In order to track some progress, I will take some measurements before I start in at the gym this week. I don’t have access to a scale but I did go and see my family doctor the second last week of February so I have that weight to go from. :P

I’m really hesitant to get back into my fitness app to track my food this month. I might just do meal planning to make sure what I make aligns with my plans for this month and then just see how it goes, without tracking every last morsel. I think that would be the less stressful/triggering way to go about it.

Let’s see what kind of gains I can make this month. :)

The honeymoon

Well, golly. Happy New Year, everyone! 2016 is starting out kind of rough, what with all the icons dying. Yeesh.

But our trip was Great. I mean, c’mon, it’s Paris! The baguette and wine alone is worth the airfare. ;)

Champs Elysees

First night, Champs Élysées

However, there was a Christmas festival on along the Champs Élysées that meant that we were almost always walking through a party. We tried roasted chestnuts (smelled wonderful, tasted surprisingly mildly sweet and were squishy, not crunchy), had glühwein pretty much every day, and had street crepes, of course. Nutella et banane, let’s not mess about here.

Eros and Psyche

Psyché ranimée par le baiser de l’Amour par Antonio CANOVA (1757-1822). Commandé par le colonel John Campbell en 1787. Acquis en 1801 par Joachim Murat.

We went to the Louvre and saw the Mona Lisa, lots of paintings of Mary, Jesus, Joseph, Saint Sebastian, still life paintings that were a testament to the craft of these artists… I showed my husband the Delacroix canvases and he was suitably impressed by their castle sized dimensions. We saw sculptures of breath-taking beauty (such as my favourite one, above – Psyche being revived by the kiss of Eros by Antonio Canova).

We got up early one morning (not difficult with the jet lag) and walked down to Notre Dame, which was beautifully quiet. We were asked directions by another tourist, which was very flattering. We also ran to Shakespeare and Company and browsed the wonderful books. We visited the Musée Rodin where I realized that a sculptor’s version of rough notes and preparatory sketches are small rough sculptures in clay. By the end of that day’s wandering, however, we had murdered our feet.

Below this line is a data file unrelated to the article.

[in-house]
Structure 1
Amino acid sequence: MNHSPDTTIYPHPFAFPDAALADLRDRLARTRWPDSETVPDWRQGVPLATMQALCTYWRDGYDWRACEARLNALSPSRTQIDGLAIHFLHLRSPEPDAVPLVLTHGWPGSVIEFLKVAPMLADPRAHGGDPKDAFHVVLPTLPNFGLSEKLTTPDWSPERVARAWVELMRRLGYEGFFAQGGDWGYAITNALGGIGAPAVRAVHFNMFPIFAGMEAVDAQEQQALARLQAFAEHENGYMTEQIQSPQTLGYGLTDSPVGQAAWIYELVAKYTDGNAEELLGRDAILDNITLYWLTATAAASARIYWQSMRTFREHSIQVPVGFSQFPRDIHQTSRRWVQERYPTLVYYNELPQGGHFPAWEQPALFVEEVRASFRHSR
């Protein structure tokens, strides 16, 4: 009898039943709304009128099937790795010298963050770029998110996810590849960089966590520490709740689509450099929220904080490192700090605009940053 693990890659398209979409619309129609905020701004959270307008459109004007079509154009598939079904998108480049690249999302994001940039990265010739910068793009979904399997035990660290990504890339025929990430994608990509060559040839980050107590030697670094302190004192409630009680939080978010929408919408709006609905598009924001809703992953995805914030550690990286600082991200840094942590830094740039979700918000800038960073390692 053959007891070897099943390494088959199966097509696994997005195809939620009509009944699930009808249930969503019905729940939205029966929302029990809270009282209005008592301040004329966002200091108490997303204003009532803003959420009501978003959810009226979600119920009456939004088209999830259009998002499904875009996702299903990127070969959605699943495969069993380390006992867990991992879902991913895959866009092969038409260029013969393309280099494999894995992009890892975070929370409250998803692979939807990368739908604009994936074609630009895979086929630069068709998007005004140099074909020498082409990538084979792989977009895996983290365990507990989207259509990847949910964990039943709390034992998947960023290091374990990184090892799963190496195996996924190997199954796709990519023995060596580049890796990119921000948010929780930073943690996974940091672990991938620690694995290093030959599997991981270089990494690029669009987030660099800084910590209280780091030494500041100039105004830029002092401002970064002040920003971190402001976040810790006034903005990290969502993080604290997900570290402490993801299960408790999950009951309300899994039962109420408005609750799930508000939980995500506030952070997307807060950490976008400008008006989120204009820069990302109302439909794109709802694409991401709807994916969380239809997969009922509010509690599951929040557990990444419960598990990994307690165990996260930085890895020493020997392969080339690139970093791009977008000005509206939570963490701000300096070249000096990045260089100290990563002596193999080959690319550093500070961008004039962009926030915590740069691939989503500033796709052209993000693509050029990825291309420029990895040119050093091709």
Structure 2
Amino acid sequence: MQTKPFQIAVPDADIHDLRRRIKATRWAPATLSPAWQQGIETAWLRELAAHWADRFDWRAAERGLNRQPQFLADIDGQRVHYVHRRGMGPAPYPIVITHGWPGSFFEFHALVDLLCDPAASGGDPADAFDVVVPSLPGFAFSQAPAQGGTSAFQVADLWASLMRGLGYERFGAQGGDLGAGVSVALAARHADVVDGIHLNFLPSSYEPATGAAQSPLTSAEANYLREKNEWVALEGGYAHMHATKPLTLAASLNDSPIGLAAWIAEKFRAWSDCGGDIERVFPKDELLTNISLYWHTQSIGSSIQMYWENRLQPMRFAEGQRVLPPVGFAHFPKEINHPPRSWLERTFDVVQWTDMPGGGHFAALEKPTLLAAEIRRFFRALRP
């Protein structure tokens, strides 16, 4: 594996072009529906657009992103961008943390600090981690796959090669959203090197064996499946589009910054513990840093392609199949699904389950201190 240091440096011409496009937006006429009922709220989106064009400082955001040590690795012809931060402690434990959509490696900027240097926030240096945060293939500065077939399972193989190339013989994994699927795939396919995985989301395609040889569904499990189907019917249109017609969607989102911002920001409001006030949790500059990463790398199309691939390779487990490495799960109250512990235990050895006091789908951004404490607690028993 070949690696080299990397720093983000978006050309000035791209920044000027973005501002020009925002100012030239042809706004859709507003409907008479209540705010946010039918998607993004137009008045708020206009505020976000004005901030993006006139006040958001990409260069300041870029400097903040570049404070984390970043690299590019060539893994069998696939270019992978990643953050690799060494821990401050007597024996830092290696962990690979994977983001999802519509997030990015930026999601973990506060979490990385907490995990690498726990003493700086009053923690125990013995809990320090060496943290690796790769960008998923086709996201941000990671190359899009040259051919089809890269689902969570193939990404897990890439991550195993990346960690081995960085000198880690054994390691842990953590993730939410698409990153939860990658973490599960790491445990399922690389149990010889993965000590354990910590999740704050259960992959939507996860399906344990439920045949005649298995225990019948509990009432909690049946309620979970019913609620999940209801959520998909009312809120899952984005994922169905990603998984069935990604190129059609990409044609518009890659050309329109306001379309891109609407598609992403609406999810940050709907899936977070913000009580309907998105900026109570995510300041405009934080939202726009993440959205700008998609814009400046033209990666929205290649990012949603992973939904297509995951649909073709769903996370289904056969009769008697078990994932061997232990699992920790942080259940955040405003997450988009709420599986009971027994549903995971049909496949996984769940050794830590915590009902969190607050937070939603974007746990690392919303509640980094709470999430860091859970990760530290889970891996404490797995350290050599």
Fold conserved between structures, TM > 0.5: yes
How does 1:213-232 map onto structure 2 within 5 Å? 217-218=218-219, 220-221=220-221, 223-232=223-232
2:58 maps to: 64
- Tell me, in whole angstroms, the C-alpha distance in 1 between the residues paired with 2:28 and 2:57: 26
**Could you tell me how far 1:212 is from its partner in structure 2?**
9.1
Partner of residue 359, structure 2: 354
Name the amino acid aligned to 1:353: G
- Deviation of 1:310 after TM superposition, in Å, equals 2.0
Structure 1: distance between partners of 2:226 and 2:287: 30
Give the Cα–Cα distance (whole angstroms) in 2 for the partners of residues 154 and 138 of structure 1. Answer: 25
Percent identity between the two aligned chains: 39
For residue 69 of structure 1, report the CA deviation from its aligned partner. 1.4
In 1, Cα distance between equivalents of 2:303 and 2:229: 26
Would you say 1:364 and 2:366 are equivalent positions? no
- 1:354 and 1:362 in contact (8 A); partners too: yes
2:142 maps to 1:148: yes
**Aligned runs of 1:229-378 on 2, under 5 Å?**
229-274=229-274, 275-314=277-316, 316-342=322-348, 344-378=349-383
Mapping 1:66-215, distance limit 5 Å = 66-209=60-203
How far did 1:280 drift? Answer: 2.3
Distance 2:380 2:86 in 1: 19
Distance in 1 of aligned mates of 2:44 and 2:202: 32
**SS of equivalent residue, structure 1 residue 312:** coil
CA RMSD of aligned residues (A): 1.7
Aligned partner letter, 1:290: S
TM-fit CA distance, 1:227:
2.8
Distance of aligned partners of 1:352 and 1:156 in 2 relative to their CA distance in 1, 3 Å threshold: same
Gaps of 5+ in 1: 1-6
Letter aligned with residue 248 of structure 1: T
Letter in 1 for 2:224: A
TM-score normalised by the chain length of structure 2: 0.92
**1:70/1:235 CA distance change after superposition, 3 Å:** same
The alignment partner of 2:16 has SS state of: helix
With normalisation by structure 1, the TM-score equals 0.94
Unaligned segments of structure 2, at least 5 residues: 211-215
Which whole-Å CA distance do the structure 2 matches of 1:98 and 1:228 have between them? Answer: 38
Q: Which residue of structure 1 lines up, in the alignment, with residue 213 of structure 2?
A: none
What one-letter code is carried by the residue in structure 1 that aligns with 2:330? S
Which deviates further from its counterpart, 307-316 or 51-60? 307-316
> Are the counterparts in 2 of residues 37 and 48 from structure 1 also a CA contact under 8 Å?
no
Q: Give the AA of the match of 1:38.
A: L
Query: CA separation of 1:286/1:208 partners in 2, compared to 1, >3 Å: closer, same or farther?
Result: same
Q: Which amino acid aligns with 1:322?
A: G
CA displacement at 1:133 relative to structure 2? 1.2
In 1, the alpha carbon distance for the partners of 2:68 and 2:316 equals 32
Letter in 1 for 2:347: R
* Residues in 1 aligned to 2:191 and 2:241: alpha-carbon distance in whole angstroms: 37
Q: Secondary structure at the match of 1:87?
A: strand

The Gates of Hell by Rodin

The Gates of Hell by Rodin (also known as our shoes)

We went to Sunday mass at Sacre Coeur, which wasn’t as good as I’d hoped. Other tourists were quite oblivious to the actual real mass going on while they strolled through, and actually had the temerity to try to (and sometimes succeed) take pictures of the proceedings and generally ignore all the rules and requests of the working church (be quiet, no pictures, no hats). The main reason I wanted to go was to show my husband how lovely the music was – the nuns making up the choir must have to go through auditions before they’re permitted to sing. They were all very talented. Sadly, the pipe organist wasn’t to my taste this time. It sounded like they were attempting to improvise some acid jazz with those hymns. Didn’t quite make it. After lunch in Montmartre of a delectable savoury crepe and more glühwein, we hopped on the metro to Cimitière du Père Lachaise, where we got weirded out by being tourists in an active cemetery.

Oscar Wilde's tombstone

Oscar Wilde’s half protected tombstone – now with 75% less lipstick graffiti, and 100% more jerkfaces standing on someone else’s tomb to liplock the stone.

The meals we had were almost always delicious. There were a couple of cafes that were just alright, but we still had wine, coffee and bread and it was Paris. We found that staff were, with perhaps one exception, really happy to have customers. (The one exception being a fellow in the Cafes de Deux Moulins in Montmartre, who got a talking-to by the shift supervisor to pull up his socks after he almost lost a few customers by not seating them away from the door – he was also flabbergasted when I ordered a second round of café allongées.) Our favourite restaurants were Chez Clément, L’Arc Cafe, L’Étoile 1903 and the little cafe in Montmartre where we got our crepes and glühwein after church on Sunday, I think.

café allongée et croissant

But the first one was so good…